The Regional Centre for Mapping of Resources for Development (RCMRD), through the SERVIR Eastern and Southern Africa (SERVIR E&SA) Project and the Ministry of Ministry of Water and Irrigation (MoWI) co-developed and piloted a streamflow monitoring and forecasting system to support river flow monitoring information for water resources planning, allocation and management in Rufiji and Wami-Ruvu basins. This was showcased to stakeholders in Dar es Salaam, Tanzania during a two-day meeting with stakeholders in the earth observation field and the general public through the media. The event was held on April 25 and 26, 2022.
The objective of the RCMRD/SERVIR open day was to showcase and demonstrate the progress and potentials of two water resources monitoring tools that is Streamflow monitoring and forecasting in Rufiji and Wami-Ruvu River Basins and the Water Quality Monitoring from Space for Inland Water Bodies (i.e., Lake Tanganyika, Victoria and Malawi).
In addition, the SERVIR E&SA showcased project also co-developed a water quality monitoring tool for inland water bodies including Lake Victoria, Malawi and Tanganyika. The development of these tools and services was conceived through consultation, needs assessment, stakeholders’ engagement, collaboration and capacity building with the relevant institutions in Tanzania. The development of the tools leveraged collaborative partnership and support of the Ministry of Water and Irrigation (MoWI) and the Basin Water Boards among other stakeholders. These collaborations support, complement and strengthen the existing efforts of the government to provide a complete picture of water resources assessment, allocation and planning information to help Tanzania make and align policy decisions, create increased awareness, support and spur momentum from policy makers and water users, and provide access to best practices, knowledge, experts and technology.
Photo1. Participants from Tanzania's water related services at the kickoff ceremony held in late April 2022
The piloted streamflow monitoring system leveraged the in-situ measurements and freely available Earth Observation and satellite products as well as open-source hydrological model to generate the much need data for day-to-day basin operations. The water quality monitoring tool, known as the Satellite-based Inland Water Resource Monitoring and Information Application enables the research and fisheries institutions to monitor water quality of lakes using satellite information from space, and thus understand sections of the lake that are polluted, or are receiving high levels of sediments from the catchment.
Presiding over the launch of the open days, the Assistant Director of Mapping Services in the Ministry of Lands, Housing and Housing Development Elizabeth Mrema called on the community to intensify efforts to ensure they care for the environment, including water sources, to help avoid various disasters, including drought.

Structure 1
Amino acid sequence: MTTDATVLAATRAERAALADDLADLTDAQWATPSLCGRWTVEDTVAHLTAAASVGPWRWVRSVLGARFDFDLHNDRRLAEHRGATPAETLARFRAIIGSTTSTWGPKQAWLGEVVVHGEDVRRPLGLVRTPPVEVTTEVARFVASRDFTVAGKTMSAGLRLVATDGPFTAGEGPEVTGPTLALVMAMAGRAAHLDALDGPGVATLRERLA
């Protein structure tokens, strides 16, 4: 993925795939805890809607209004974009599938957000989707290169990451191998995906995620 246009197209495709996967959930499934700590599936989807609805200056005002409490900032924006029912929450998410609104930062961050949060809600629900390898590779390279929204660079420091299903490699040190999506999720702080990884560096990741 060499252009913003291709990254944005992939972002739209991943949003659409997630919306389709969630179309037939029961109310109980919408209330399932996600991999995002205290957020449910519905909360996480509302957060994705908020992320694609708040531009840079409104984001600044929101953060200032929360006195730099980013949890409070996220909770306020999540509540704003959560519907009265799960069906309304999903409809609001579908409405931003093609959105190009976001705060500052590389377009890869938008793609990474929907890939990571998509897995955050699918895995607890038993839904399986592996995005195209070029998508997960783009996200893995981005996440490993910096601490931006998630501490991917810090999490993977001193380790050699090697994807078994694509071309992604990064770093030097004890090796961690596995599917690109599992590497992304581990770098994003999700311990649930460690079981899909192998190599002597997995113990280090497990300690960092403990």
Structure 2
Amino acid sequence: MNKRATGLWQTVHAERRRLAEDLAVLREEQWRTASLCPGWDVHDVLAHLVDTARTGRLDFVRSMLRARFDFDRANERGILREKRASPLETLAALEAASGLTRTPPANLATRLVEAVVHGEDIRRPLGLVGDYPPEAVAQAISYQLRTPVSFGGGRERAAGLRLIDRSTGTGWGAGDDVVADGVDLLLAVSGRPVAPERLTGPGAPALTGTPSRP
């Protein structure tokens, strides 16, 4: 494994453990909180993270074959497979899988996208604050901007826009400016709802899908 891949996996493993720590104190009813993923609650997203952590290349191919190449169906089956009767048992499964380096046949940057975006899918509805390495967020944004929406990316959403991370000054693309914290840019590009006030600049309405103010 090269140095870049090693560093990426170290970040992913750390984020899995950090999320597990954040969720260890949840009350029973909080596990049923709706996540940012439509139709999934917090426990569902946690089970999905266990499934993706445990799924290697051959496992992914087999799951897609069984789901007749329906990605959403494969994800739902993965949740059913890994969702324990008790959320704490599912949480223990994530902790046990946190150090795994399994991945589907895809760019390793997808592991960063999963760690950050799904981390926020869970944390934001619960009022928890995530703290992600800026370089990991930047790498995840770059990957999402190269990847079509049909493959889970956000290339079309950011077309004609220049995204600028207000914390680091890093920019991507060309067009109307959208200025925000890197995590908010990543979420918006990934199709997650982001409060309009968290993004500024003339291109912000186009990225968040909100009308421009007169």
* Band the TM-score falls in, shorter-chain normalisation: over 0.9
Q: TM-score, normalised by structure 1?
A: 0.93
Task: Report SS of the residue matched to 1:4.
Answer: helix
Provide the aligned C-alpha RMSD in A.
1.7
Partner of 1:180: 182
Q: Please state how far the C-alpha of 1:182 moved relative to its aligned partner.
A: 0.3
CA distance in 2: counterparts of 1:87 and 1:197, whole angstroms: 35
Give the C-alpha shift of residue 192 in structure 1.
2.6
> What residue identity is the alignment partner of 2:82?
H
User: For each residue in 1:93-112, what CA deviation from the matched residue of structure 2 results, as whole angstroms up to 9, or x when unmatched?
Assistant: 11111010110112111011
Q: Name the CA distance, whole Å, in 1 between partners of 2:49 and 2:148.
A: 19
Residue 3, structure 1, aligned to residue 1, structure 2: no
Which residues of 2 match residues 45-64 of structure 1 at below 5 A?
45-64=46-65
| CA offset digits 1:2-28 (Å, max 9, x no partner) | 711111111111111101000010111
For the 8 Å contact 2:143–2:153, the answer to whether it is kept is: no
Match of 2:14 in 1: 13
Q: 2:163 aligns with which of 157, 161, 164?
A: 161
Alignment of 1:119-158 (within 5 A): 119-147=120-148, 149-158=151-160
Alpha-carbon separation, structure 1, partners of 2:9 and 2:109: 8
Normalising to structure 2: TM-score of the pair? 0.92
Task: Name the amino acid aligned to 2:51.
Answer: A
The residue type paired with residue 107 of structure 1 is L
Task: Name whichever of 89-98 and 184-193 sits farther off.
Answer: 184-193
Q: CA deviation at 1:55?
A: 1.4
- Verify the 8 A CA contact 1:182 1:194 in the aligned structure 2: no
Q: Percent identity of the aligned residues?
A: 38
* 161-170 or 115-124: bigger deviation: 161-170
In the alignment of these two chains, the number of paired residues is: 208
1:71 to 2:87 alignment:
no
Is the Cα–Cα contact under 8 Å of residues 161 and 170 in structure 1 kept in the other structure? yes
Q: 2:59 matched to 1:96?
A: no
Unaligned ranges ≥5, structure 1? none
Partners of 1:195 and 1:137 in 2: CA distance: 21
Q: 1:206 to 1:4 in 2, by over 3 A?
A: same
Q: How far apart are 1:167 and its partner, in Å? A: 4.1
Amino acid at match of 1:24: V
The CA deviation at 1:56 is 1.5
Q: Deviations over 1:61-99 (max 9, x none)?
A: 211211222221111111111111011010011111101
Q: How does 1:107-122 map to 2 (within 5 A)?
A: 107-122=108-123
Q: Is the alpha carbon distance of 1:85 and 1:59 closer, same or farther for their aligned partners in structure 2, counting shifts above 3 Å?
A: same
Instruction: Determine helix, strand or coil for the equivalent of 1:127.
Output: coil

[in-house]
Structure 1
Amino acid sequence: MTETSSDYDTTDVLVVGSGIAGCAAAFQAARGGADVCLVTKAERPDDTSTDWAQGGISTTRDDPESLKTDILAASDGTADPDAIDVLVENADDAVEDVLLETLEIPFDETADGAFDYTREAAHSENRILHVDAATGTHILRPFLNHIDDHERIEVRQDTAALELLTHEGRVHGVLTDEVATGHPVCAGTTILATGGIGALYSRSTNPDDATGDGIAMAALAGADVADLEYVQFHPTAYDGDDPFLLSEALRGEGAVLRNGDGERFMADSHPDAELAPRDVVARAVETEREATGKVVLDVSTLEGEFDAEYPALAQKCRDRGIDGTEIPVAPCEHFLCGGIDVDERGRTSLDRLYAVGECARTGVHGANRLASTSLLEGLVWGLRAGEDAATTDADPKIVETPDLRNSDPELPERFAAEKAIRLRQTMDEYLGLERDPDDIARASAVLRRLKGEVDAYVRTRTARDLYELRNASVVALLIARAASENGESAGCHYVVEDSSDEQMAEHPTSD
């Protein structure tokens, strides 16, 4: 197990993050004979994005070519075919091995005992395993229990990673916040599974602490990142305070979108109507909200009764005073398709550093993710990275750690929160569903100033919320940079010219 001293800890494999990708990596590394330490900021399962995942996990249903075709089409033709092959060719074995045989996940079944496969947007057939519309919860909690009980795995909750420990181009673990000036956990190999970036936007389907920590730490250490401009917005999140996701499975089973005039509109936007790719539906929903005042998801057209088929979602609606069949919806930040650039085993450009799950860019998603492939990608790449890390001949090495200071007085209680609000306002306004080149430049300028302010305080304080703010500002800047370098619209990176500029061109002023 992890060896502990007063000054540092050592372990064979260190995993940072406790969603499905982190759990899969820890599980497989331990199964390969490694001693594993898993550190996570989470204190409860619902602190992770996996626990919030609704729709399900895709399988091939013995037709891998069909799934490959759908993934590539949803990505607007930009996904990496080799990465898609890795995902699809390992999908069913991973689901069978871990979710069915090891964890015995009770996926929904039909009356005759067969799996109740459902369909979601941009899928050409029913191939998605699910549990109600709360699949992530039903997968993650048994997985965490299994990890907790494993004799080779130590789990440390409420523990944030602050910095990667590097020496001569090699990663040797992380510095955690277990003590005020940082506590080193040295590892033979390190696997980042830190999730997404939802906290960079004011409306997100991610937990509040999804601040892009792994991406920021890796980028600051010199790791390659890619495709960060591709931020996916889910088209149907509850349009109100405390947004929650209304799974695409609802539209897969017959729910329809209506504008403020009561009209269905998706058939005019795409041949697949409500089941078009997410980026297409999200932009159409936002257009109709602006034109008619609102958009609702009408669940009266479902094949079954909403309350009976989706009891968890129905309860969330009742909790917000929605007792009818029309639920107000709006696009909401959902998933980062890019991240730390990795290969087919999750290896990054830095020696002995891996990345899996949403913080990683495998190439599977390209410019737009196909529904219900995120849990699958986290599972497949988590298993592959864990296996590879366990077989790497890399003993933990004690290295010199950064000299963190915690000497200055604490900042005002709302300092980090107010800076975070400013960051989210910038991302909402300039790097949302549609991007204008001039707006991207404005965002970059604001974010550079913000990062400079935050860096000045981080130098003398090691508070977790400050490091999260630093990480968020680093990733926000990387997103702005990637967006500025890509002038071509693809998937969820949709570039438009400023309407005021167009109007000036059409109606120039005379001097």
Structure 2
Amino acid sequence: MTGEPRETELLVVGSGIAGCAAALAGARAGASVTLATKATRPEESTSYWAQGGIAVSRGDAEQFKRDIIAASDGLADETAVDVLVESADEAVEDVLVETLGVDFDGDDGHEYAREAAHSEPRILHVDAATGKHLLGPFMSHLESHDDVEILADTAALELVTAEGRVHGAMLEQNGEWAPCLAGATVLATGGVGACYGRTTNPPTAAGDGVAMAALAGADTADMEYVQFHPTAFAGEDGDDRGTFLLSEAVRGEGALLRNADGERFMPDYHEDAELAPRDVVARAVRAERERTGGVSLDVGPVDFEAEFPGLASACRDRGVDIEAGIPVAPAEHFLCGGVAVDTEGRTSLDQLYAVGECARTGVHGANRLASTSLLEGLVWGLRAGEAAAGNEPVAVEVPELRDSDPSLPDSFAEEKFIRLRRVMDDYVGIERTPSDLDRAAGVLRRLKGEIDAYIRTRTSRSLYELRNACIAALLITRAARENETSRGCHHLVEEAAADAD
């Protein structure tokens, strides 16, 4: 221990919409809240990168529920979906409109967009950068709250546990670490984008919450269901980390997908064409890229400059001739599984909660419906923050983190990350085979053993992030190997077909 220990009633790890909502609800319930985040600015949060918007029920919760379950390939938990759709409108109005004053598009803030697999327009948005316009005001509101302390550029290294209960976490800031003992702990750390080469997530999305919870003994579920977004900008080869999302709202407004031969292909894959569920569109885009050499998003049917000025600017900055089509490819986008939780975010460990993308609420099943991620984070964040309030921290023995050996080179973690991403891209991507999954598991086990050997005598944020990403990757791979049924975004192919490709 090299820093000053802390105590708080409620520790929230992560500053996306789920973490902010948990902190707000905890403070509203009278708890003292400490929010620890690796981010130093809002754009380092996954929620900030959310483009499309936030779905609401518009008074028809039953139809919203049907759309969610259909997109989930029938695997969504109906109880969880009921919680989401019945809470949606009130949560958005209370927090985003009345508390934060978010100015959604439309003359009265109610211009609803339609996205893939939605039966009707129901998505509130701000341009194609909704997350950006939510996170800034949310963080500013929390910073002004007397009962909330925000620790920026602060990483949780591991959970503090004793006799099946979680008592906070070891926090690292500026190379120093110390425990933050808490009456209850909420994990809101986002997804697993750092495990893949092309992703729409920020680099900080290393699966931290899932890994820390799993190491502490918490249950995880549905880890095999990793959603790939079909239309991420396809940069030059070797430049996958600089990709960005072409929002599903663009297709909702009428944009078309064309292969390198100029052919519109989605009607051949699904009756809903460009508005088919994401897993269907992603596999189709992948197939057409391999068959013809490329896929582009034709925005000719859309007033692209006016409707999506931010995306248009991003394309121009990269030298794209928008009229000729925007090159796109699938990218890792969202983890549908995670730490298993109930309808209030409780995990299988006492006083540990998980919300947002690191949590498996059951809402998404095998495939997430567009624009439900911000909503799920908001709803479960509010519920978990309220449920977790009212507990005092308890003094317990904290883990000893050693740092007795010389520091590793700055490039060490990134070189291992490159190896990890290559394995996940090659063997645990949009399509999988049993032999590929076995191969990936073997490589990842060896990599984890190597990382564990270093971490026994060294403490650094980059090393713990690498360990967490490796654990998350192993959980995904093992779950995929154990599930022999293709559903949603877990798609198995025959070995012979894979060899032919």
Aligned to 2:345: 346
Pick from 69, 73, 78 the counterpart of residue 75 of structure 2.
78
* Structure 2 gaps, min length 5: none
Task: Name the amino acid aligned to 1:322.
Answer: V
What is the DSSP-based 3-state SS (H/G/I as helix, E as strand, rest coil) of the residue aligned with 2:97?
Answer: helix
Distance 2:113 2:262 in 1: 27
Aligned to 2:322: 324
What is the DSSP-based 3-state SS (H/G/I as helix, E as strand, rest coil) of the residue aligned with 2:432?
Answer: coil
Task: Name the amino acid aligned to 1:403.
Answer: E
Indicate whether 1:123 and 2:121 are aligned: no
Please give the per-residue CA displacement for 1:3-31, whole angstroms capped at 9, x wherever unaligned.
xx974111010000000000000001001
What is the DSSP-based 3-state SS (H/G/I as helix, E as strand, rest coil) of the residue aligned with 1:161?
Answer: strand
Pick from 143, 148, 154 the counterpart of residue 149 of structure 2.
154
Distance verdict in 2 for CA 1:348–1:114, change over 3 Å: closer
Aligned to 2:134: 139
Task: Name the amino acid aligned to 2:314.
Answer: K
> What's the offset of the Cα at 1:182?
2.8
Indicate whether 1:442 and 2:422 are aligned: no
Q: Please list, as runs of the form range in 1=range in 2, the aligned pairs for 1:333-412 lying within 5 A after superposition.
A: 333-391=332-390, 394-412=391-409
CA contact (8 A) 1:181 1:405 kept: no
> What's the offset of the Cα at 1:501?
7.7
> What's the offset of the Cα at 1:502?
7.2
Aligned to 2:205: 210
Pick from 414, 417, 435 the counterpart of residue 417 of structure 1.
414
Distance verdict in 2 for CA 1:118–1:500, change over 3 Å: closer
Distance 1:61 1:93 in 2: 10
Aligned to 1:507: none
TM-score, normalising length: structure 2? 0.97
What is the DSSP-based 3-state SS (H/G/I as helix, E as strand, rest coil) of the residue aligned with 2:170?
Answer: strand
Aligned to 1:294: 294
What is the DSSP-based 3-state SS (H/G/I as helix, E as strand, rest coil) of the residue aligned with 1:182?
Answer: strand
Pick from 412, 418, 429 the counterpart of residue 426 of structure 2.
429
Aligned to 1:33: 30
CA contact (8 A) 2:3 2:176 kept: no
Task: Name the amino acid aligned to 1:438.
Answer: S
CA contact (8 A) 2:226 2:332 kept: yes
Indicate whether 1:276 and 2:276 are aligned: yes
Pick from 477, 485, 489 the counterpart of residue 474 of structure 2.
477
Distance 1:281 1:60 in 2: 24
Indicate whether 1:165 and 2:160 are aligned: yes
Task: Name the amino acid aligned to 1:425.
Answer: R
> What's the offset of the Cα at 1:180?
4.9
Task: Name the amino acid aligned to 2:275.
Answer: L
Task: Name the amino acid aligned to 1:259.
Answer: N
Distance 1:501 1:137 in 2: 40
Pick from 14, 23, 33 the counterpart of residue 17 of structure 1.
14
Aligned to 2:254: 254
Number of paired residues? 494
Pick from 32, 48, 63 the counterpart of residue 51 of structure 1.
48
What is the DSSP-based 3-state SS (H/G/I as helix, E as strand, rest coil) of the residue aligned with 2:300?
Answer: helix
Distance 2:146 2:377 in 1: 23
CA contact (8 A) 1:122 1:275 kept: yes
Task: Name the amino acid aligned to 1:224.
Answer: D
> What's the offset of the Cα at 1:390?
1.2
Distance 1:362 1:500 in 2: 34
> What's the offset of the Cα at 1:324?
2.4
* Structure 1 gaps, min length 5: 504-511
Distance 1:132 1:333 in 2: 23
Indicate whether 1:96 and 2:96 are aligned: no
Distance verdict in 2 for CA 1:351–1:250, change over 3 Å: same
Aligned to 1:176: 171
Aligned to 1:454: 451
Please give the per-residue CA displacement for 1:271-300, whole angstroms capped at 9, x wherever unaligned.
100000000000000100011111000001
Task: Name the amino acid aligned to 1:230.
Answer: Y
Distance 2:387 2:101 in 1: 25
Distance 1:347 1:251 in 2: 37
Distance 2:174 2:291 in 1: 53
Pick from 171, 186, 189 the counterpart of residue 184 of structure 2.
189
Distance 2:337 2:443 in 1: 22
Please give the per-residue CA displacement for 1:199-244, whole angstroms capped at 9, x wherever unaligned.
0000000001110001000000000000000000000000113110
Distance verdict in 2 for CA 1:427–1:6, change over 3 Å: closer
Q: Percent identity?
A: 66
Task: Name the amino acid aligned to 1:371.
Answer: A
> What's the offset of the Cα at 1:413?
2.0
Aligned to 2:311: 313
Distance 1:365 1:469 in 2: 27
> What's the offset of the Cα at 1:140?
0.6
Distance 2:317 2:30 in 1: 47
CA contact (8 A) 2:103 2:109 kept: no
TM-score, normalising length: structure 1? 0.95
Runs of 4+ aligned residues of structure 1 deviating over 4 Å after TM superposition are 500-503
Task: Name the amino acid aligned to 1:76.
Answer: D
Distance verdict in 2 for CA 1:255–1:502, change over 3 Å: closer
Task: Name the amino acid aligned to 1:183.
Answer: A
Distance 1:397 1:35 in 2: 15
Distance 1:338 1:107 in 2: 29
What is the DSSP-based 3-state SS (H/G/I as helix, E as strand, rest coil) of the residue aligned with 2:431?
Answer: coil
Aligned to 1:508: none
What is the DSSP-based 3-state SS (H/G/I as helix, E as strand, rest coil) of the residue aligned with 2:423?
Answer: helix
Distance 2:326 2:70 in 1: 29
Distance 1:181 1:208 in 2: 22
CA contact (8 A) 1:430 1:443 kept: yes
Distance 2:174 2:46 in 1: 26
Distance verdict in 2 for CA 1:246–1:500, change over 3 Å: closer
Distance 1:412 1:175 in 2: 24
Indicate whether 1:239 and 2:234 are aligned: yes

Photo2:Assistant Director of Mapping Services in the Ministry of Lands, Housing and Housing Development Elizabeth Mrema was the Chief Guest.
Speaking in Dar es Salaam to the environmental and other earth observation experts from Tanzania which is one of the RCMRD founder member States, she noted the importance using mapping technology to assess water sources in the member States and beyond. "We are partnering with the RCMRD headquartered in Kenya as Tanzania is one of the 20 member States of the Centre since inception in 1975. This Centre provides training based on land resources including water, land, mountains and forests,” the Assistant Director of Mapping Services said. This two-day workshop will help identify advantages, challenges and opportunities that have arisen in the implementation of the two tools and provide away forward on how the tools could be improved and to ensure key stakeholders are involved in the conservation of land resources including natural resources especially water sources.
On his part, Thematic Lead -Water and Water Related Disasters at RCMRD Calvince Warah pictured below, said that the Centre through the SERVIR E&SA project had already conducted experiments on the Rufiji River and other areas and identified challenges that led to the depletion of existing land resources and that RCMRD is helping Tanzania to find solutions.
Photo3:Thematic Lead -Water and Water Related Disasters at RCMRD Calvince Warah
RCMRD User Engagement Lead, Kenneth Kasera said that the purpose and purpose of conducting the workshop in the country was to showcase the services that RCMRD was undertaking with Tanzania stakeholders in the earth observation field under one of its projects, SERVIR E&SA.
Kasera said, “the tools and services for this pilot project that has lasted six years will now be displayed and discussed together so that we can come up with joint initiatives to advise our governments on what to do so that various natural resources including water sources can be taken care of.”
At the same time, RCMRD through SERVIR Eastern and Southern project also developed a mentorship programme. The first University mentorship was launched at with Ardhi University in Dare salaam. The mentorship works by engaging university and college students to better understand Earth Observation in resource management and promoting STEM uptake within RCMRD member states. The Programme rides on collaboration with the universities through already established Memorandum of understanding between RCMRD and the Universities or Colleges.
Photo 4:Official launch of the RCMRD, SERVIR E&SA Ardhi University Mentorship Program
Photo 5 Prof. Evaristo Joseph Liwa (PhD), is the Vice Chancellor of Ardhi University launched the mentorship at the University.
Photo 6:The Ardhi University chapter Kuza Club Chairperson Faustus Muki presenting the constitution drafted by the club.